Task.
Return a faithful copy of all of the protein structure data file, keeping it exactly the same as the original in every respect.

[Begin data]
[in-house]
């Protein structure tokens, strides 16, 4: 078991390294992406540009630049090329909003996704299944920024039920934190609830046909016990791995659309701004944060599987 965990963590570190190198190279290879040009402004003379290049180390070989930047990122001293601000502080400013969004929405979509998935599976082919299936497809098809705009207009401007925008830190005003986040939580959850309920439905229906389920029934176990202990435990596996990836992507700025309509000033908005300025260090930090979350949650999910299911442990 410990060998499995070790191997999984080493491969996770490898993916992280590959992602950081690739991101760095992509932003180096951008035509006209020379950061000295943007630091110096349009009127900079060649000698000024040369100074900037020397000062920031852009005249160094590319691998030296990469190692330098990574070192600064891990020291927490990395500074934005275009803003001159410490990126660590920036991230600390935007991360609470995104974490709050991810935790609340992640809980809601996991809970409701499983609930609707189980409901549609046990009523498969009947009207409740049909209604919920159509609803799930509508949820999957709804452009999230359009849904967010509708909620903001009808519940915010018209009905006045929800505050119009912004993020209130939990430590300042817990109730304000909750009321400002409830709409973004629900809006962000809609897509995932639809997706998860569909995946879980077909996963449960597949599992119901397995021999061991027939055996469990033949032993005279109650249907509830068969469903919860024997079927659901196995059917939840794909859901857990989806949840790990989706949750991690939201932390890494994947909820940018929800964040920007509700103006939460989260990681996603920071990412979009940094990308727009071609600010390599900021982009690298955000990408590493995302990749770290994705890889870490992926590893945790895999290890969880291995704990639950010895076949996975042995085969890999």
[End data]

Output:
[in-house]
């Protein structure tokens, strides 16, 4: 078991390294992406540009630049090329909003996704299944920024039920934190609830046909016990791995659309701004944060599987 965990963590570190190198190279290879040009402004003379290049180390070989930047990122001293601000502080400013969004929405979509998935599976082919299936497809098809705009207009401007925008830190005003986040939580959850309920439905229906389920029934176990202990435990596996990836992507700025309509000033908005300025260090930090979350949650999910299911442990 410990060998499995070790191997999984080493491969996770490898993916992280590959992602950081690739991101760095992509932003180096951008035509006209020379950061000295943007630091110096349009009127900079060649000698000024040369100074900037020397000062920031852009005249160094590319691998030296990469190692330098990574070192600064891990020291927490990395500074934005275009803003001159410490990126660590920036991230600390935007991360609470995104974490709050991810935790609340992640809980809601996991809970409701499983609930609707189980409901549609046990009523498969009947009207409740049909209604919920159509609803799930509508949820999957709804452009999230359009849904967010509708909620903001009808519940915010018209009905006045929800505050119009912004993020209130939990430590300042817990109730304000909750009321400002409830709409973004629900809006962000809609897509995932639809997706998860569909995946879980077909996963449960597949599992119901397995021999061991027939055996469990033949032993005279109650249907509830068969469903919860024997079927659901196995059917939840794909859901857990989806949840790990989706949750991690939201932390890494994947909820940018929800964040920007509700103006939460989260990681996603920071990412979009940094990308727009071609600010390599900021982009690298955000990408590493995302990749770290994705890889870490992926590893945790895999290890969880291995704990639950010895076949996975042995085969890999």